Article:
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Pityriasis Rosea in Children

What is pityriasis rosea?

Pityriasis rosea is a mild, but common, skin condition. Characterized by scaly, pink, inflamed skin, the condition can last from one to three months and usually leaves no lasting marks.

What causes pityriasis rosea?

The cause of pityriasis rosea is not known, but it is commonly believed to be caused by a virus. Some patients may have a cold before the rash. It is usually seen in children, adolescents, and young adults. Most people with the rash are 10 to 35 years of age.

The condition is more prevalent in spring and fall.

What are the symptoms of pityriasis rosea?

Pityriasis rosea usually starts with a pink or tan oval area (sometimes called a herald or mother patch) on the chest, stomach, or back. The main patch is usually followed (after a couple of weeks) by smaller pink or tan patches elsewhere on the body, usually the back, neck, arms, and legs. The scaly rash usually lasts between 4 to 8 weeks and will disappear without treatment. In children, the rash may include vesicles and be located primarily on the face and scalp.

The following are other common symptoms of pityriasis rosea. However, each child may experience symptoms differently. Symptoms may include:

  • Fatigue

  • Aches

  • Itching, sometimes severe

The symptoms of pityriasis rosea may resemble other skin conditions or medical problems. Always talk with your child's health care provider for a diagnosis.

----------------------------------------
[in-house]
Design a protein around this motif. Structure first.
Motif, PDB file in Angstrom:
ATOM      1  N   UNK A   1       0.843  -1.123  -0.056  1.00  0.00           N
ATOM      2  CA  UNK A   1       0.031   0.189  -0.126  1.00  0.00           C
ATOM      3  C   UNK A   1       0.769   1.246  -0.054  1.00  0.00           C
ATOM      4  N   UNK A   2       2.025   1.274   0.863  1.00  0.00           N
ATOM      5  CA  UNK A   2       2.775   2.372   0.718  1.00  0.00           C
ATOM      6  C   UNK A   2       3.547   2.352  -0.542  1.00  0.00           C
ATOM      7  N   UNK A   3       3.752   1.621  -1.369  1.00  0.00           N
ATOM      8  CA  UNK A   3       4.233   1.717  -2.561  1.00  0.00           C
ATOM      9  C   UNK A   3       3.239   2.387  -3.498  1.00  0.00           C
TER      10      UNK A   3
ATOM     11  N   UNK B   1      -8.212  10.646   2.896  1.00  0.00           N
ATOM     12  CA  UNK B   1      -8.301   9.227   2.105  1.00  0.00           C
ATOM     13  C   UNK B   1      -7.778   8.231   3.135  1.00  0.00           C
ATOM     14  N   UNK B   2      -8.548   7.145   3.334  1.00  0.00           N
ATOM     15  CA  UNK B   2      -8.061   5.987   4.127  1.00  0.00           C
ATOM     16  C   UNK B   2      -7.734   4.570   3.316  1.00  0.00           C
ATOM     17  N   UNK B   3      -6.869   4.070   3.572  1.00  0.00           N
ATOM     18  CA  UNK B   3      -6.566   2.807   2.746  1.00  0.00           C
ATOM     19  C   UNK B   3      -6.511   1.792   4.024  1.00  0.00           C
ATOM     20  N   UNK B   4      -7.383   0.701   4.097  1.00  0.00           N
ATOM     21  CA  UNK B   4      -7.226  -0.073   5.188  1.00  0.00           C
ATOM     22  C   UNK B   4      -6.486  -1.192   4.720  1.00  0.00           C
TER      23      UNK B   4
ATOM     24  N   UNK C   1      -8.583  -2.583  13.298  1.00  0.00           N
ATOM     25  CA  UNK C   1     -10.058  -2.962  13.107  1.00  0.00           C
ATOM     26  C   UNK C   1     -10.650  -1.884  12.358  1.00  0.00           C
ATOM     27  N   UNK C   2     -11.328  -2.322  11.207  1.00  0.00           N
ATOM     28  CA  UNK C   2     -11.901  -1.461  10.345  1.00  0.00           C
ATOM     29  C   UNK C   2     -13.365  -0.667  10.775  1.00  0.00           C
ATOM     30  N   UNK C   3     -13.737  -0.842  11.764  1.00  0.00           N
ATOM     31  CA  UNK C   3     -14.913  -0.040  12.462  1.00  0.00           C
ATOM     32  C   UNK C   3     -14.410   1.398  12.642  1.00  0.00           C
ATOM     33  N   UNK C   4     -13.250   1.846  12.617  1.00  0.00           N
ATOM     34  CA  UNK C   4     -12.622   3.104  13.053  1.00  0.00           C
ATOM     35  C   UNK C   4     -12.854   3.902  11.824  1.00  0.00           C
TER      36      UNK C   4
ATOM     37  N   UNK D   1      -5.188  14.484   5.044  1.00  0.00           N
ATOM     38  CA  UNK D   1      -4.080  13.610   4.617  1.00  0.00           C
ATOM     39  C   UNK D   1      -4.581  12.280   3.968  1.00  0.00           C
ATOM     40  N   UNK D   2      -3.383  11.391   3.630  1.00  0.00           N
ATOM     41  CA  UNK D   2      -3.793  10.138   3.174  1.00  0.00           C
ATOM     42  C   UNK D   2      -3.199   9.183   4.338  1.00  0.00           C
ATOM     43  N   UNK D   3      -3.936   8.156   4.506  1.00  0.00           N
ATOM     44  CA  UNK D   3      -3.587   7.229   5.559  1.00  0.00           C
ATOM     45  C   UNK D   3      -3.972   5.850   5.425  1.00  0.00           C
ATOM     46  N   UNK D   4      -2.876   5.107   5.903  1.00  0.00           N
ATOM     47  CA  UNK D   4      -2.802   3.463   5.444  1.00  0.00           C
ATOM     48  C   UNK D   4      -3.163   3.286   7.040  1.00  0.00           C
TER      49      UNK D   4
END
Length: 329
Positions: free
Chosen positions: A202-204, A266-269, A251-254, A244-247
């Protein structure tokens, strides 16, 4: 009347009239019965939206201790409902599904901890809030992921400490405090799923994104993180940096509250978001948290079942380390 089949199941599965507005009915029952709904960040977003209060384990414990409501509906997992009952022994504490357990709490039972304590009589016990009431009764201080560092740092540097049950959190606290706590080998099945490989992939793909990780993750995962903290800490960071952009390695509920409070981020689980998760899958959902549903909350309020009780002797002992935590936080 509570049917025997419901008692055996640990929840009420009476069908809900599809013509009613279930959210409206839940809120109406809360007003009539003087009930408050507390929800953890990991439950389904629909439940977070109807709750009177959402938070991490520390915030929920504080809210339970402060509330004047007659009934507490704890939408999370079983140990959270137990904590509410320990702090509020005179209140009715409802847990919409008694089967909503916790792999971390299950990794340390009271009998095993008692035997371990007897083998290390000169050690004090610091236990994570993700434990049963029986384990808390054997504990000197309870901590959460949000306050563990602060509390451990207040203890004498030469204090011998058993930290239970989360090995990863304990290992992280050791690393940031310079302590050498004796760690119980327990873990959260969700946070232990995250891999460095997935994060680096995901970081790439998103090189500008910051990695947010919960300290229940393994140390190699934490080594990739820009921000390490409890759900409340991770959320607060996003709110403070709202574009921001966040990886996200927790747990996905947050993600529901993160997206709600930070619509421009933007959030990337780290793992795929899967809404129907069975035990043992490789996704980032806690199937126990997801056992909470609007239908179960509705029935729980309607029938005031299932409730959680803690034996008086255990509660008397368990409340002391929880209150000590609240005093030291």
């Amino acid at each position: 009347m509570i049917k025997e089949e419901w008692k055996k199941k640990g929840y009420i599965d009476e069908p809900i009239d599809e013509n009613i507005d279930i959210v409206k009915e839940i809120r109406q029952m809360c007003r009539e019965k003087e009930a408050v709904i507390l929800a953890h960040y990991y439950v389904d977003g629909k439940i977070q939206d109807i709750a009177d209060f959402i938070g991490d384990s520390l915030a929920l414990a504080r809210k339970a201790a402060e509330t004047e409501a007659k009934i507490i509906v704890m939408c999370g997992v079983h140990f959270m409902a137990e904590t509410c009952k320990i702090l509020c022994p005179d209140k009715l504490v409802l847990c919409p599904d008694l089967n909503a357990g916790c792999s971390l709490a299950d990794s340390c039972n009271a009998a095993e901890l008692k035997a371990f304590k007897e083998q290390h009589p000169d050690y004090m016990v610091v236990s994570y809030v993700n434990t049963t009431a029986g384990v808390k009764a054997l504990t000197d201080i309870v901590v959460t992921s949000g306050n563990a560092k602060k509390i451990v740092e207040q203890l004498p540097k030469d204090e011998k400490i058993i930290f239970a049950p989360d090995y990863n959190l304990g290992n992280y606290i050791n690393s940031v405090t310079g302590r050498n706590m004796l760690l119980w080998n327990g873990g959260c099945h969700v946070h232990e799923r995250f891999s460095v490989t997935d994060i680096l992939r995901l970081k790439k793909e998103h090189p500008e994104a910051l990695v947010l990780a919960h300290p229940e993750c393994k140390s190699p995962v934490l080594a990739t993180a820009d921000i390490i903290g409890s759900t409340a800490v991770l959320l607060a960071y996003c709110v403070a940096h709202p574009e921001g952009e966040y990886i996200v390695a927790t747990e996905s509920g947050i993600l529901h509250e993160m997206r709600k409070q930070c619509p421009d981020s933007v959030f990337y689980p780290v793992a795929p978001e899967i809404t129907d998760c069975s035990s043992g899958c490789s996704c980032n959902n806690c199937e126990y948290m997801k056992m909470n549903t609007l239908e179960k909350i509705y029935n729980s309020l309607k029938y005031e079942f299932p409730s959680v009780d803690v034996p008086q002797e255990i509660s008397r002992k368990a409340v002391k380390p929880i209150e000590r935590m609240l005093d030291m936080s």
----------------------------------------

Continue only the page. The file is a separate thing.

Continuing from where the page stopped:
How is pityriasis rosea diagnosed?

Pityriasis rosea is usually diagnosed based on a medical history and physical exam of your child. The rash of pityriasis rosea is unique, and the diagnosis is usually made on the basis of a physical exam. In addition, your child's health care provider may order the following tests to help aid in the diagnosis:

  • Blood tests to rule out other conditions that might look like pityriasis rosea 

Treatment for pityriasis rosea

Specific treatment for pityriasis rosea will be decided by your child's health care provider based on:

  • Your child's age, overall health, and medical history

  • Extent of the rash

  • Your child's tolerance for specific medicines, procedures, or therapies

  • Expectations for the course of the rash

  • Your opinion or preference

The goal of treatment for pityriasis rosea is to relieve symptoms associated with the condition, such as itching. There is no cure for pityriasis rosea. The condition will resolve spontaneously. Treatment will be decided by your child's health care provider based on the severity of the condition. This may include 1, or more, of the following:

  • Medicated lotions and creams (to soothe the itching)

  • Medicines by mouth (to soothe the itching)

  • Cool baths with or without oatmeal (to soothe the itching)

  • Ultraviolet exposure (under a health care provider's supervision)

  • Cool compresses (to soothe the affected skin)

  • Antiviral medicines may be used in severe cases